It’s almost a week ago now that pundit Steven Crowder posted a video of Muslim bakers in Dearborn, Michigan, refusing to service faux weddings. And for almost a week now the mainstream media have basically ignored the story. For this reason, many critics would point out that the recent high-profile controversies involving Christian bakers and other Christian businessmen who’ve done precisely the same thing — and the government’s persecution of them — aren’t first and foremost about attacking “religious liberty” per se.
They’re about attacking Christianity.
It’s hard to escape this conclusion. A perusal of the first two pages of Google results based on the search phrase “Muslim bakers refuse to bake gay wedding cake video” turned up just one major paper, the conservative Washington Times. As for liberal sites, only a few small ones appeared on those pages. One, called IfYouOnlyNews.com, justified the media double standard by claiming the Christian businessmen’s stories are more newsworthy because they involve lawsuits. But this doesn’t wash. Coming on the heels of the front-page Christian-oriented incidents, video of Muslims behaving identically is news-copy gold; it adds perspective, gives the story even greater legs, and expands readership. It’s much as if the media made a federal case out of a recent spate of feral-dog attacks on people but ignored a spate of feral-cat attacks occurring at the same time. One might conclude that the press corps was replete with catty cat lovers but was no friend to man’s best friend.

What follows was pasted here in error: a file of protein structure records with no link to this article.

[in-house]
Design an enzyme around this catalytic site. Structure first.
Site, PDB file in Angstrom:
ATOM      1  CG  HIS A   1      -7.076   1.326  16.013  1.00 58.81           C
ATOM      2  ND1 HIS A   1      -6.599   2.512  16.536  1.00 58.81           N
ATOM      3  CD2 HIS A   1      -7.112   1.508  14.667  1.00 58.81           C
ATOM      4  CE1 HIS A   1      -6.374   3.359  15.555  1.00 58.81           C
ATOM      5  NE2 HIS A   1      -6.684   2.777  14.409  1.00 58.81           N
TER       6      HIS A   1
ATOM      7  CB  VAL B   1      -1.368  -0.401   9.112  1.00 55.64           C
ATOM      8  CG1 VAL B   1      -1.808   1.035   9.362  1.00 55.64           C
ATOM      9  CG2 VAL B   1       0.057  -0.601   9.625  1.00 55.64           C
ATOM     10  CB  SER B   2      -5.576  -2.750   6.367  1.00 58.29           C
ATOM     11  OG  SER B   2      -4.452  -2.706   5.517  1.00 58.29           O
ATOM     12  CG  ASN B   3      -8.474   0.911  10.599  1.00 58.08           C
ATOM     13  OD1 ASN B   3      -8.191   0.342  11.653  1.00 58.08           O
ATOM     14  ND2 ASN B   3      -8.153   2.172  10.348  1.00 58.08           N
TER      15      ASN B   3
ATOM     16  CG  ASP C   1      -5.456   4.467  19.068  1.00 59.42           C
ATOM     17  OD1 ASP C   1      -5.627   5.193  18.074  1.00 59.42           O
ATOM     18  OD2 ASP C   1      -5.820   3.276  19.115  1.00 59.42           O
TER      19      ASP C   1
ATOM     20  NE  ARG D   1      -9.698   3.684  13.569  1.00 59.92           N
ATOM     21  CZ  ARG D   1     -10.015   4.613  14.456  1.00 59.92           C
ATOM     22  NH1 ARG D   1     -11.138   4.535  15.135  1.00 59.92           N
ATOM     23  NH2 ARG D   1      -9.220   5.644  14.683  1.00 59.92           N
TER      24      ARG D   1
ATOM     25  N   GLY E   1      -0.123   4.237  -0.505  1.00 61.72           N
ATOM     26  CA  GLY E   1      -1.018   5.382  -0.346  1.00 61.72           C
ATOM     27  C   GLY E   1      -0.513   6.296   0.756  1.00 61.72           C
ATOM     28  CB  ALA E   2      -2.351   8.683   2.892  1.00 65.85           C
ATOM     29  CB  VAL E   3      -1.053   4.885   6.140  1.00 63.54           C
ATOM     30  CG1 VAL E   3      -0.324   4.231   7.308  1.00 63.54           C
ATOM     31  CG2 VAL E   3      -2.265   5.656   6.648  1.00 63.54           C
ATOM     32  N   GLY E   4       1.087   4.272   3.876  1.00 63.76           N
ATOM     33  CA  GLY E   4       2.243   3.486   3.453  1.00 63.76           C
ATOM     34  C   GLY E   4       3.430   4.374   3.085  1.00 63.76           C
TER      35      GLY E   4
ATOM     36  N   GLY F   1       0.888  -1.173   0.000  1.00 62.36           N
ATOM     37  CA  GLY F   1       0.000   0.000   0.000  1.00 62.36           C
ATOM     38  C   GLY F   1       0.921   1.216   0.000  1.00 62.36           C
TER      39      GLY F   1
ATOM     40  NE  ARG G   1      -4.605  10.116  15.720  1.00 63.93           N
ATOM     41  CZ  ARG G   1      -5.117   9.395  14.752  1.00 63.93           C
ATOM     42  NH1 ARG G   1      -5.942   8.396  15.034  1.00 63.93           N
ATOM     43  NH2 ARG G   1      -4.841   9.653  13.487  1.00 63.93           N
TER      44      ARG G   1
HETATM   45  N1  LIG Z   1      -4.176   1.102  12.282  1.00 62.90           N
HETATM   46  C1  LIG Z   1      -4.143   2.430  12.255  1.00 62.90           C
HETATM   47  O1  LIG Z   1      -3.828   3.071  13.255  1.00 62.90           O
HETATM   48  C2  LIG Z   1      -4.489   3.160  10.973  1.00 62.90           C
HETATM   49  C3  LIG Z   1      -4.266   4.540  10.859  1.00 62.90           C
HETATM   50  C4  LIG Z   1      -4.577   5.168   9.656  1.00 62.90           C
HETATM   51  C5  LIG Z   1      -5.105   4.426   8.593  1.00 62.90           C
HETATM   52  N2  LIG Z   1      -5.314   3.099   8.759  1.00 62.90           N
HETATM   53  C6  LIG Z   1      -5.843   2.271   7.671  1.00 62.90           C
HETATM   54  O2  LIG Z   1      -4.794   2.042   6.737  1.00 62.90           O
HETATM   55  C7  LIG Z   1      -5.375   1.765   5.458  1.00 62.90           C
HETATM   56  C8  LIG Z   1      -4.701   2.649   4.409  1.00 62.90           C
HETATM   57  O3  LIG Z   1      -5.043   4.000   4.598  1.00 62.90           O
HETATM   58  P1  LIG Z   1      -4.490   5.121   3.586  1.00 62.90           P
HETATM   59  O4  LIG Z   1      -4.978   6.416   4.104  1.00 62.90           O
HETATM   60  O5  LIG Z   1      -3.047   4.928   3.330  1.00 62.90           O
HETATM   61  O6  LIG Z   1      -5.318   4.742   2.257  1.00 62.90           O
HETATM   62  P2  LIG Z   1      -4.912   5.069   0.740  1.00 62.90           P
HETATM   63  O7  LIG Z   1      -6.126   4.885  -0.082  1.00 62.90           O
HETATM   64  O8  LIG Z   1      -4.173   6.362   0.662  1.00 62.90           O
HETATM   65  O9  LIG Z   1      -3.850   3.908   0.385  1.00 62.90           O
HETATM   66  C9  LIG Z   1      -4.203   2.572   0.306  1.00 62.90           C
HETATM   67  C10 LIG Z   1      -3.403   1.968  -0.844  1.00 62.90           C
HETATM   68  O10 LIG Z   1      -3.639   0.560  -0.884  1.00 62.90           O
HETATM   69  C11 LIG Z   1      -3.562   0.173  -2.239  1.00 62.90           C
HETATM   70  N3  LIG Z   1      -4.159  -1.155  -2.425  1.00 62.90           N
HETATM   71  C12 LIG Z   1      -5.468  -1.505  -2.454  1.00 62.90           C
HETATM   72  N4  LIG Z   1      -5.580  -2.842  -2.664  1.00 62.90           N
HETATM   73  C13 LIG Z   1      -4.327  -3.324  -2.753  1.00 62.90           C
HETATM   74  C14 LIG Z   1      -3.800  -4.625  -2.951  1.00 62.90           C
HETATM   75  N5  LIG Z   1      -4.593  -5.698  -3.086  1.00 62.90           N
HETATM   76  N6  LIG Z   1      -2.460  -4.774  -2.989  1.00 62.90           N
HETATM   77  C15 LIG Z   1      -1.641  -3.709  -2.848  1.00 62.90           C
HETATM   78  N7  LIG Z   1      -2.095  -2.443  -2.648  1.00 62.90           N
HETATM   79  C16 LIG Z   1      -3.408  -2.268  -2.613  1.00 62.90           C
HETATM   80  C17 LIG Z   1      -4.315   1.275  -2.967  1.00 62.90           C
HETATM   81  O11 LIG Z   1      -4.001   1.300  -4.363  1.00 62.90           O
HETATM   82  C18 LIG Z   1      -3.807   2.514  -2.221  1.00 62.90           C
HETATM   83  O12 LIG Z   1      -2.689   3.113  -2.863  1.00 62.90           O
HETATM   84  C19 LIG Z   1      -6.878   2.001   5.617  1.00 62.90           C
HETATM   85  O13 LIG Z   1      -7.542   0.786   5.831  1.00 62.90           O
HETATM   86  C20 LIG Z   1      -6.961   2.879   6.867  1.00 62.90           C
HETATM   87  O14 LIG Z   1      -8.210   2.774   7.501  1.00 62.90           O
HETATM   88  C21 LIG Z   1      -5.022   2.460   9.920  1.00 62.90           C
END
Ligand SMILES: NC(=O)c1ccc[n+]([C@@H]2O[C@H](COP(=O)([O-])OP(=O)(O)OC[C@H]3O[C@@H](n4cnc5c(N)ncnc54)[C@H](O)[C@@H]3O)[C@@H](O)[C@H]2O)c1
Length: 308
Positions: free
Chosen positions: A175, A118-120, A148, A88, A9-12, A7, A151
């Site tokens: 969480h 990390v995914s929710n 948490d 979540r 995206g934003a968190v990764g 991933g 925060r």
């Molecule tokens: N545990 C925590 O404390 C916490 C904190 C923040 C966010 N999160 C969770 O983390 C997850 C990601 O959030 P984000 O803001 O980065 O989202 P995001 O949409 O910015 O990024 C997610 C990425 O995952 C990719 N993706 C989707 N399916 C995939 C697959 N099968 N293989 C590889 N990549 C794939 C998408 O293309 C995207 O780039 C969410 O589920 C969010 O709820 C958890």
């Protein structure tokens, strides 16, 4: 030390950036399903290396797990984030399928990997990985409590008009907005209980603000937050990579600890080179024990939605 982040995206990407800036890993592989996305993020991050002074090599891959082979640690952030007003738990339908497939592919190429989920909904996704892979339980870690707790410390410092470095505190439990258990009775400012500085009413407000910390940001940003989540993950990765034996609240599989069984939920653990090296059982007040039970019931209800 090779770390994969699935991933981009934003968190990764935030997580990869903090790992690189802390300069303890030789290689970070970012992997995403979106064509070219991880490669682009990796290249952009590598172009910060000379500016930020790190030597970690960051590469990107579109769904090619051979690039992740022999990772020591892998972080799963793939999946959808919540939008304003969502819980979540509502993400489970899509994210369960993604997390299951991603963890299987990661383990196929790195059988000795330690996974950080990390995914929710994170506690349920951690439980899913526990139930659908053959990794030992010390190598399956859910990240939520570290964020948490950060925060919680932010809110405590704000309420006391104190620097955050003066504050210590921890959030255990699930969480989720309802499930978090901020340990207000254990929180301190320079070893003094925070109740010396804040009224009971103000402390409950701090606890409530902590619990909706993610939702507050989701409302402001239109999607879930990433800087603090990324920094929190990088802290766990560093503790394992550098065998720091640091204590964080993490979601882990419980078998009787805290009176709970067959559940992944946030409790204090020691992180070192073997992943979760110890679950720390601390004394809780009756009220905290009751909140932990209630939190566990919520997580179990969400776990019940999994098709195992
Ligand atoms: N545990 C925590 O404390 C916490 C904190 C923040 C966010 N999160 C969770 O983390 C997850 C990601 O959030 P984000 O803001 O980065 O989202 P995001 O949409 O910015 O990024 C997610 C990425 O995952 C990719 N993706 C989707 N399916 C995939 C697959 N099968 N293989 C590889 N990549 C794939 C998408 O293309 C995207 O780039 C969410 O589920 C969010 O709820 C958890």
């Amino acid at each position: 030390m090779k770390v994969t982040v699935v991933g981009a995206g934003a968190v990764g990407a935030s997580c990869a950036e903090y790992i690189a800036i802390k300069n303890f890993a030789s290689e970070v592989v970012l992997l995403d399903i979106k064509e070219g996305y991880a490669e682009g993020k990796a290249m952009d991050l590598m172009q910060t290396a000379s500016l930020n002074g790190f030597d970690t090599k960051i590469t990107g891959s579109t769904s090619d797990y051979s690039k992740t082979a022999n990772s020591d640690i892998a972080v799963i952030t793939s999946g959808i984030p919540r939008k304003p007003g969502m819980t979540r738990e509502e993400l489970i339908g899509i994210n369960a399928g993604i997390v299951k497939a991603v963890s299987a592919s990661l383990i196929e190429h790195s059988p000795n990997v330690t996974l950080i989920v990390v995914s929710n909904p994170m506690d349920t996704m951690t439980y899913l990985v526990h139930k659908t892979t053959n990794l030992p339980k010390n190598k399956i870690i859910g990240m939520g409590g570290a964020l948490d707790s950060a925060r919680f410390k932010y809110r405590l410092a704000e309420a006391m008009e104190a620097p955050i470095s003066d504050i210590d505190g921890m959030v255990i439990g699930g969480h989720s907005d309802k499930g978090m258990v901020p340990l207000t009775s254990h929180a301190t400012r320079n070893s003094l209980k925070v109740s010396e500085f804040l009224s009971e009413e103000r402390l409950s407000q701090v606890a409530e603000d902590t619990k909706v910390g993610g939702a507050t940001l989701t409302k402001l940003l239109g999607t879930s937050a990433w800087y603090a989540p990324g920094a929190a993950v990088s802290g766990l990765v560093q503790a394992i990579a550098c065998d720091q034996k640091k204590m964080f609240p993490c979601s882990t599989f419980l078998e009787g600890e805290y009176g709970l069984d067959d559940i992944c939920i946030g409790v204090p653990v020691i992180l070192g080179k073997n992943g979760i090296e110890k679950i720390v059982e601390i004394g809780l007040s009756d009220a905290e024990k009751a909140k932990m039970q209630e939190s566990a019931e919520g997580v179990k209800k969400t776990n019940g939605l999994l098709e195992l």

It isn’t just the media, either. Apple Corporation CEO Tim Cook recently inveighed against the religious-freedom laws in Indiana and Arkansas, yet he readily does business in Muslim countries that make homosexuality a crime punishable by death. It seems Cook’s principles take a back seat to his pocketbook.
Yet this leftist double standard is nothing new. The media devoted much ink to the notion that WWII-era pontiff Pope Pius XII was “Hitler’s Pope.” But when the highest-ranking Soviet-bloc intelligence officer to ever defect to the West, General Ion Mihai Pacepa, revealed in 2007 that the notion was the result of a Soviet agitprop campaign to defame Pius, reporters were wholly uninterested in what should have been a story of the year. Apparently, the media’s “good work” of unfairly besmirching a Christian institution was done. Why undo it with the truth?
Then there’s the matter of the sexual abuse of minors. The media focused incessantly on the pederasty committed by some Catholic priests, even though most of the cases originated prior to 1990 precisely because the matter had already been addressed. At the same time, the media ignored the allegedly rampant pedophilia in Hollywood and the ongoing government-school child-sex-abuse scandal, even though a university study found the latter to be 100 times the magnitude of the church scandal.
In fact, given that the media are quite noncommittal (to say the least) with respect to the legitimization of pedophilia — as I illustrated in “The Slippery Slope to Pedophilia” — one could wonder if they care about the crime at all. Likewise, are they really concerned about homosexuals? Or is something else in play?
There are many reasons why the Left attacks Christianity. For starters, it stands in the way of leftist hegemony; it’s no coincidence that the least Christian Western nations (e.g., Sweden) are also the most liberal. Then, as believers might contend and G.K. Chesterton put it, Christianity is always under attack because, being the Truth, it touches everything. Yet there is an underappreciated factor.